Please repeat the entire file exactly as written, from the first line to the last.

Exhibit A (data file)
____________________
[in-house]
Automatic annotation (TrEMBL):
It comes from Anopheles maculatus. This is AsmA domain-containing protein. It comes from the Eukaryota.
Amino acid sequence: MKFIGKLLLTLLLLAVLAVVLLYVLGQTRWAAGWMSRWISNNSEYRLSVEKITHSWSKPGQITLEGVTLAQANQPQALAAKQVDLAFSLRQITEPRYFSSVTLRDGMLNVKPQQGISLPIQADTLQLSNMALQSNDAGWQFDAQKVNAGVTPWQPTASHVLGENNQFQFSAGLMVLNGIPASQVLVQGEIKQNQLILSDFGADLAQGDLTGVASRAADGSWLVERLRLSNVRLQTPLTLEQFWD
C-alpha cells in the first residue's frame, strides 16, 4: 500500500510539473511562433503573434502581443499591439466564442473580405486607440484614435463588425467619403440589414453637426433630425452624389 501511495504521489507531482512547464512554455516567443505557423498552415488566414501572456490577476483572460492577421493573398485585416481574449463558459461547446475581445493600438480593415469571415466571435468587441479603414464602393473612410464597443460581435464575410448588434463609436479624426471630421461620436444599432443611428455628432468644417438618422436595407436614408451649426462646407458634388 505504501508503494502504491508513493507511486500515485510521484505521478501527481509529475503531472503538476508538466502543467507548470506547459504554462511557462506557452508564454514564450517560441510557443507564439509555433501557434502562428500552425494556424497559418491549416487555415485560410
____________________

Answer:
[in-house]
Automatic annotation (TrEMBL):
It comes from Anopheles maculatus. This is AsmA domain-containing protein. It comes from the Eukaryota.
Amino acid sequence: MKFIGKLLLTLLLLAVLAVVLLYVLGQTRWAAGWMSRWISNNSEYRLSVEKITHSWSKPGQITLEGVTLAQANQPQALAAKQVDLAFSLRQITEPRYFSSVTLRDGMLNVKPQQGISLPIQADTLQLSNMALQSNDAGWQFDAQKVNAGVTPWQPTASHVLGENNQFQFSAGLMVLNGIPASQVLVQGEIKQNQLILSDFGADLAQGDLTGVASRAADGSWLVERLRLSNVRLQTPLTLEQFWD
C-alpha cells in the first residue's frame, strides 16, 4: 500500500510539473511562433503573434502581443499591439466564442473580405486607440484614435463588425467619403440589414453637426433630425452624389 501511495504521489507531482512547464512554455516567443505557423498552415488566414501572456490577476483572460492577421493573398485585416481574449463558459461547446475581445493600438480593415469571415466571435468587441479603414464602393473612410464597443460581435464575410448588434463609436479624426471630421461620436444599432443611428455628432468644417438618422436595407436614408451649426462646407458634388 505504501508503494502504491508513493507511486500515485510521484505521478501527481509529475503531472503538476508538466502543467507548470506547459504554462511557462506557452508564454514564450517560441510557443507564439509555433501557434502562428500552425494556424497559418491549416487555415485560410